One of the most important items on Seoul’s agenda is reuniting families separated by the Korean War. Of the 130,409 people who have applied for reunification since the official process began in 1988, only about 60,000 are still alive today. Most of them are in their 70s and older. South Korean officials should emphasize to their North Korean counterparts that reunification of family members must be the first step if Pyongyang is serious about reunification, as Kim Jong Un and his predecessors have repeated for decades. The last summits were held in 2015 and have declined significantly under Kim Jong-un’s leadership compared to his father Kim Jong-il.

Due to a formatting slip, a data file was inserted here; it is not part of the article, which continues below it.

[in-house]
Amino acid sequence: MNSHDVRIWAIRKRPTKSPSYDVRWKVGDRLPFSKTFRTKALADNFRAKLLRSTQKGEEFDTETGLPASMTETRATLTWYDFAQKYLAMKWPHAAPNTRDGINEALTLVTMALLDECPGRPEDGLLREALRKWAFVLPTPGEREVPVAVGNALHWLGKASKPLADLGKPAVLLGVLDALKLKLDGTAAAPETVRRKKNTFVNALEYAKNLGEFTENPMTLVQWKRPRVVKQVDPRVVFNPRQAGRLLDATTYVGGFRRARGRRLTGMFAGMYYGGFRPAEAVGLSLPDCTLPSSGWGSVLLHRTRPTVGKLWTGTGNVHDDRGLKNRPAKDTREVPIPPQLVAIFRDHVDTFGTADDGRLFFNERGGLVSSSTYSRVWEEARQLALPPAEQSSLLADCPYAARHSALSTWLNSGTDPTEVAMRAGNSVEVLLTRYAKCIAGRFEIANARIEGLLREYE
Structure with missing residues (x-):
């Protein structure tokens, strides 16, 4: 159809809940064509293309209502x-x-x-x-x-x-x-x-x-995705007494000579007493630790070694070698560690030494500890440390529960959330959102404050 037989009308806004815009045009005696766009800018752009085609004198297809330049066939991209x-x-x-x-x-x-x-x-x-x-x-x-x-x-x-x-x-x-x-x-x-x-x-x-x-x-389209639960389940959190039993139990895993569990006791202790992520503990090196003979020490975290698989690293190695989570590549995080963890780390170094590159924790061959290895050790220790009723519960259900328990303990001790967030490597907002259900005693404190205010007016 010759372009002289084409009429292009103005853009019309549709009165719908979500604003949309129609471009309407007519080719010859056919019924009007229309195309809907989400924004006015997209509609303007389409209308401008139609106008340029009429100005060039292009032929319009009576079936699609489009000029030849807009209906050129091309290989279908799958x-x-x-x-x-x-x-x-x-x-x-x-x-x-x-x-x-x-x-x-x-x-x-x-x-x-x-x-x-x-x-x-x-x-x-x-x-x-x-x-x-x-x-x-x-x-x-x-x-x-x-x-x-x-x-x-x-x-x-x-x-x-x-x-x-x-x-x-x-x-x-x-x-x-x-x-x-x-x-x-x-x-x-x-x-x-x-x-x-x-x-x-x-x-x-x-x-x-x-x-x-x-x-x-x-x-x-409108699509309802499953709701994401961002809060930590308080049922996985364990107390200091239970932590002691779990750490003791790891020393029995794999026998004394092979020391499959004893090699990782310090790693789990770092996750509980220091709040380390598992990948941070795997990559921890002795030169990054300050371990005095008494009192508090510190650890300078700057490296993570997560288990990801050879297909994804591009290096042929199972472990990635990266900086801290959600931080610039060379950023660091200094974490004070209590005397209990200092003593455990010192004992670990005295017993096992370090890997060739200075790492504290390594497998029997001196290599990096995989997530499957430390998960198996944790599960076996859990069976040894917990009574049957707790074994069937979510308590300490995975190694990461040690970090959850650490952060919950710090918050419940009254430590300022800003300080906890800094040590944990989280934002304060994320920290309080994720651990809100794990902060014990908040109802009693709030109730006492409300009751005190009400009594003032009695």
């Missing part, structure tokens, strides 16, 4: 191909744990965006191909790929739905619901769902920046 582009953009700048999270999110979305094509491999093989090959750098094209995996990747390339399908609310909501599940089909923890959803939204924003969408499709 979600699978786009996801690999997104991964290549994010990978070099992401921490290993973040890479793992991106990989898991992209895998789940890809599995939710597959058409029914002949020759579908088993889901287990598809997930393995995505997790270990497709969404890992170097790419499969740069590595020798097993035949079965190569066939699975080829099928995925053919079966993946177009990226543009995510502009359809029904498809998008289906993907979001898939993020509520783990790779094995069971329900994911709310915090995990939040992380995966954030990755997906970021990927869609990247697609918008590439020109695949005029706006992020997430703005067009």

Both Koreas can focus their cooperation efforts on people-to-people exchanges as a confidence-building measure and as a way for Pyongyang’s leadership to promote improvements and development in the economic and cultural fields. In his recent New Year’s address, Kim Jong Un reiterated his wish that 2018 would be a year of improving the economy and “improving people’s living standards,” which was not clearly expressed in his 2017 speech. He placed emphasis on reforming light industry that can produce and supply various high-quality consumer goods, “improving agriculture” to increase the production of animal products, fruits and green vegetables, and promoting “scientific fisheries initiatives.” and revitalizing aquaculture.” He also announced the second phase of reforestation and improving roads and rivers – as he did last year – but this time there was a clear mandate for the nation to “do great things to achieve material prosperity to accomplish”.